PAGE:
The 8 Most Common Cash App Scams To Steal Your Money

Cash App is a wildly popular and convenient app. Everyone loves the convenience and speed of getting cash, but no one more than scammers and fraudsters.

When you send cash via the Cash App, you can’t get your money back. And unlike PayPal, Visa, and MasterCard; if you buy something with your Cash App you have no buyer protection and can’t dispute the item if you do not receive the merchandise.

In short, the Cash App is like real cash. Once you give it away to a crook, you can never it get it back.

So scammers and fraudsters like to use the app for their scams to steal your money.

If you are going to get scammed, more than likely it will be with one of a few favorites that they like to use.

Here are the Top 8 Ways That Scammers Will Try To Steal Your Money With The Cash App


This scam is all over Twitter, Instagram and Facebook. It’s the top get rich quick scheme that will always leave you disappointed.

You are asked to send a person $10 to $1000.  They promise to send you back double or triple your money.    Sometimes the scammer will say that they received money from a big company like Walmart and to make it not look suspicious they need you to send a small amount first upfront, and then they will pay you a huge amount of cashback.  This is very similar to the Nigerian 419 Scam. Don’t fall for it.


The Cash Circle scam is the modern version of a chain letter. And as complex as they try to make the game, the only thing that will result is you losing your money.

Also called “The Blessing Loom”, “The Money Board”,  “The Mandala Game”, “Blessing Circle”, “Giving Circle” and “Infinity Loom” you are promised big returns for a small upfront investment.    Typically for $100, you will receive $800 from other people participating in the circle.  This scam is a garden variety Pyramid Scheme however worse because typically you will receive no money back in return at all.


This scam is called the Cash App Friday scam because scammers advertisements on Instagram, Facebook, and other social networks run on Friday. 

This is typically a fraudulent raffle where you are asked to send $1 to $5 via cash app for a chance to win up to $1,000 or more back.  You will send money in, but rarely does anyone ever win anything in return.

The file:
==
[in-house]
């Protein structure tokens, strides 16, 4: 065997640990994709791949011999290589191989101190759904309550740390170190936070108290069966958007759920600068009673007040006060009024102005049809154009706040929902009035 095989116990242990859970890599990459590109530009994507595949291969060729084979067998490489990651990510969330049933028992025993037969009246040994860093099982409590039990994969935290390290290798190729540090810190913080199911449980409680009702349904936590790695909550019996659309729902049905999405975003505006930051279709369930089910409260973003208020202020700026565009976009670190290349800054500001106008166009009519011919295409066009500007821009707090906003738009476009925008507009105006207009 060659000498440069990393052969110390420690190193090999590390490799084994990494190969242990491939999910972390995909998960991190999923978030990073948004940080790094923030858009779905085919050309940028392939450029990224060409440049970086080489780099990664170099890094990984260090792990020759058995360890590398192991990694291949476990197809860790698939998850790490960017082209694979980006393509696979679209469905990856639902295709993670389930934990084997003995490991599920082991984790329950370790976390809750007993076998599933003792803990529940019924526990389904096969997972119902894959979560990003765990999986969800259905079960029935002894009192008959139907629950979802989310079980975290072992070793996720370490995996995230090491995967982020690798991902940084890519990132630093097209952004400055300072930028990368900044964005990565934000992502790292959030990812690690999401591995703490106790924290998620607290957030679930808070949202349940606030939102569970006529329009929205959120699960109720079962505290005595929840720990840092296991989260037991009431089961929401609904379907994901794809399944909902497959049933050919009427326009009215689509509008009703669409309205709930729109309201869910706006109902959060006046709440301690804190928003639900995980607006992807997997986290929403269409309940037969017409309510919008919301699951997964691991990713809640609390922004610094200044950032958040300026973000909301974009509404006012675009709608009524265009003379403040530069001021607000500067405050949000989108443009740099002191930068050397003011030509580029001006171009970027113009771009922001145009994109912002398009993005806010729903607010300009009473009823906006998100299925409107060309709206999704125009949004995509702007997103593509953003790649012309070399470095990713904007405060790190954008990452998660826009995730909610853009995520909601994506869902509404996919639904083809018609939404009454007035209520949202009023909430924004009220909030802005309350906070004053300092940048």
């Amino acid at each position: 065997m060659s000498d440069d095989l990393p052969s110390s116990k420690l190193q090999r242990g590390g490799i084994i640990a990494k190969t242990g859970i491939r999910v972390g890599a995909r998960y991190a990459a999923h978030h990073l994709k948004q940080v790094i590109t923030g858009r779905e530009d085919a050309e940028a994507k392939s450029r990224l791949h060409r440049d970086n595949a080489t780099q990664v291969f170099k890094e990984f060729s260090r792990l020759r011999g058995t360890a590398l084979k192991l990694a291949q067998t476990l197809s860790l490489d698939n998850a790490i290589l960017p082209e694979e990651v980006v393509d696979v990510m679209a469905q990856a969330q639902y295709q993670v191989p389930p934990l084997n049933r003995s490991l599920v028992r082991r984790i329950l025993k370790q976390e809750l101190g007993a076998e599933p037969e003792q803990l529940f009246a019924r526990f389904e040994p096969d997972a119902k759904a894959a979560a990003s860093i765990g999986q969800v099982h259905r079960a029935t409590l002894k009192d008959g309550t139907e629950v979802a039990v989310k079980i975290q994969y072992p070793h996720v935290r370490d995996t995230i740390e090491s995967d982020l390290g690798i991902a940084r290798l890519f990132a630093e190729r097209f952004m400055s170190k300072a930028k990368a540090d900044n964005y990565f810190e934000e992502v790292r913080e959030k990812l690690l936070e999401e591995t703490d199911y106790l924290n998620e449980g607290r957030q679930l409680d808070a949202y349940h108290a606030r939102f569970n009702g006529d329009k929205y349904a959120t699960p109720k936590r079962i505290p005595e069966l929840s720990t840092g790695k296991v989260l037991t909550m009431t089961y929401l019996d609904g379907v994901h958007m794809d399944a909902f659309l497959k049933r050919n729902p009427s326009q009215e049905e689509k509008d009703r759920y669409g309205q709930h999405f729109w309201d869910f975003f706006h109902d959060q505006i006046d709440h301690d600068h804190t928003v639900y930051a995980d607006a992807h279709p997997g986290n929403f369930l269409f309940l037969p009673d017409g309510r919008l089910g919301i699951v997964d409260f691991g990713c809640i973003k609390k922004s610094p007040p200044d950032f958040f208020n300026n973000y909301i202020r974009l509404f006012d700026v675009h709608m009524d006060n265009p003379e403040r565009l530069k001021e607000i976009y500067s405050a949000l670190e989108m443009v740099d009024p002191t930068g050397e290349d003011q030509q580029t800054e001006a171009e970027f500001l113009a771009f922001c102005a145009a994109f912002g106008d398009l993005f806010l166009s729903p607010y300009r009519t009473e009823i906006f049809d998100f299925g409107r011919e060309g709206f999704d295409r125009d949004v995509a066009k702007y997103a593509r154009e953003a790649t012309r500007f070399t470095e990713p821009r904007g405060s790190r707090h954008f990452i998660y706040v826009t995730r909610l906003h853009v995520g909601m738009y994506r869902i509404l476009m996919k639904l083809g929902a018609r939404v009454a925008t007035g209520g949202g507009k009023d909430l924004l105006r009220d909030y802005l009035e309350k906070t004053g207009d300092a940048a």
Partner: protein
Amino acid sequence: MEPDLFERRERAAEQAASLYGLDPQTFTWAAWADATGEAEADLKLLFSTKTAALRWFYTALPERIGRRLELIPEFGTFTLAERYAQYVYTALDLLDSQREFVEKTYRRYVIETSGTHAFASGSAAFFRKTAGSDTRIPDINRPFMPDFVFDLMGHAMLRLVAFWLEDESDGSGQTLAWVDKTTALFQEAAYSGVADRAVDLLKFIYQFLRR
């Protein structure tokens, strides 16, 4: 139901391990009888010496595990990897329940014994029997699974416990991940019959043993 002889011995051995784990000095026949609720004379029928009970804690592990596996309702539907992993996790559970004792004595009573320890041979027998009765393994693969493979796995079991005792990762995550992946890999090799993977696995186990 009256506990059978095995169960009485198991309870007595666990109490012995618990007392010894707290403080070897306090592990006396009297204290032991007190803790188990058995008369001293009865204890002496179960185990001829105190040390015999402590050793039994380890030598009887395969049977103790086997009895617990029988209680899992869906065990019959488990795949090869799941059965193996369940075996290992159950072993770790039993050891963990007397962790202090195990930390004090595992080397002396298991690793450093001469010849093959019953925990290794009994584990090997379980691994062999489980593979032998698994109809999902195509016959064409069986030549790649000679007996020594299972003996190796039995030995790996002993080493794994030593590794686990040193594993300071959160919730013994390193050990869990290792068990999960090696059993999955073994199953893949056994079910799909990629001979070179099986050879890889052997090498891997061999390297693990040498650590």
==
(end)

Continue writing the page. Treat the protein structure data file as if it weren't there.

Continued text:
If it is too good to be true, it certainly is. And the Pet Deposit Scam tries to sell you pets at ridiculously low prices. Scammers will claim to have highly sought after pets such as purebred dogs and cats.  They will offer the pets at an extremely reduced price and will request you to send the money with Cash App to hold the pets for you. 

In the end you are sending your money to a scammer and you will never get the pet.


In this scam, advertisers will claim that you can make money with the cash app by watching videos or downloading apps.  They will send you a link with apps or videos and you must watch or download 3 of them.  In return, they promise you $25 to $50. 

The bottom line is you will never get paid. The people scamming you are having you click on their affiliate links so they can get paid. The apps or videos you are watching probably net them $5 or $6 for your clicks but they will leave you high and dry.


Scammers will advertise fake apartments or houses for rent but they will claim to be out of town so you can’t tour it. 

They require a deposit and request you to send a cash app payment to hold the apartment for you.  But its a fake rental.  You lose your m


Scammers will often put something for sale online.  Instead of Paypal or another service that offers buyer protection, they request you send the money with Cash App which has no buyer protection. 

They never send you the goods and you lose the money.  Never send Cash App to someone you don’t know. P2P services are not meant for buying things online from strangers.


As of right now, Cash App does not actually offer customer service via the telephone, only via email or through the app. If a consumer does call the number provided by the company (1-855-351-2274), they will hear a recording telling consumers to seek service via email or their app.

So scammers take advantage of this horrible customer service by Cash App and create their own fake websites claiming to be Cash App Support.  They are nothing more than phishing sites designed to steal your Cash App details and codes from you.  Do not use a website does not have the official Cash App site –

Here is An Infographic To Download and Share

If you want to share this, feel free. It tells you the most common cash app scams that you, your friends and family should avoid.